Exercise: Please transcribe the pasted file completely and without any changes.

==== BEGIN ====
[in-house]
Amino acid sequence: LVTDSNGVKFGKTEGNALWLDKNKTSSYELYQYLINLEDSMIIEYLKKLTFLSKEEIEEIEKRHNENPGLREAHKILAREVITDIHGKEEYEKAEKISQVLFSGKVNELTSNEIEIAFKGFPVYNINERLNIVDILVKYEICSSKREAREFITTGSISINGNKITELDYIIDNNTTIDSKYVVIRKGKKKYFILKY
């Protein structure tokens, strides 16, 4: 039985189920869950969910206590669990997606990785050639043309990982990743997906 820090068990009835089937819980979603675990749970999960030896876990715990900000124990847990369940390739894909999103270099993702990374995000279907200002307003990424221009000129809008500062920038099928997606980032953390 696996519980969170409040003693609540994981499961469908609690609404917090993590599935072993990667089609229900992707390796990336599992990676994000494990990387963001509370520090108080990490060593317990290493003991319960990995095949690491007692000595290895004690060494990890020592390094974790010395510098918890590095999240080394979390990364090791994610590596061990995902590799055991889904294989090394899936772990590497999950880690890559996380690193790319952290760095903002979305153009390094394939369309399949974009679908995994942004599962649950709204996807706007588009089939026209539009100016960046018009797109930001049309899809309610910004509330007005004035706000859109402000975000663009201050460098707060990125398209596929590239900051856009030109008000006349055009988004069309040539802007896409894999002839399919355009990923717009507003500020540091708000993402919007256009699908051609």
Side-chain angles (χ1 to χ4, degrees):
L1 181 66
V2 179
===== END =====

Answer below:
[in-house]
Amino acid sequence: LVTDSNGVKFGKTEGNALWLDKNKTSSYELYQYLINLEDSMIIEYLKKLTFLSKEEIEEIEKRHNENPGLREAHKILAREVITDIHGKEEYEKAEKISQVLFSGKVNELTSNEIEIAFKGFPVYNINERLNIVDILVKYEICSSKREAREFITTGSISINGNKITELDYIIDNNTTIDSKYVVIRKGKKKYFILKY
């Protein structure tokens, strides 16, 4: 039985189920869950969910206590669990997606990785050639043309990982990743997906 820090068990009835089937819980979603675990749970999960030896876990715990900000124990847990369940390739894909999103270099993702990374995000279907200002307003990424221009000129809008500062920038099928997606980032953390 696996519980969170409040003693609540994981499961469908609690609404917090993590599935072993990667089609229900992707390796990336599992990676994000494990990387963001509370520090108080990490060593317990290493003991319960990995095949690491007692000595290895004690060494990890020592390094974790010395510098918890590095999240080394979390990364090791994610590596061990995902590799055991889904294989090394899936772990590497999950880690890559996380690193790319952290760095903002979305153009390094394939369309399949974009679908995994942004599962649950709204996807706007588009089939026209539009100016960046018009797109930001049309899809309610910004509330007005004035706000859109402000975000663009201050460098707060990125398209596929590239900051856009030109008000006349055009988004069309040539802007896409894999002839399919355009990923717009507003500020540091708000993402919007256009699908051609």
Side-chain angles (χ1 to χ4, degrees):
L1 181 66
V2 179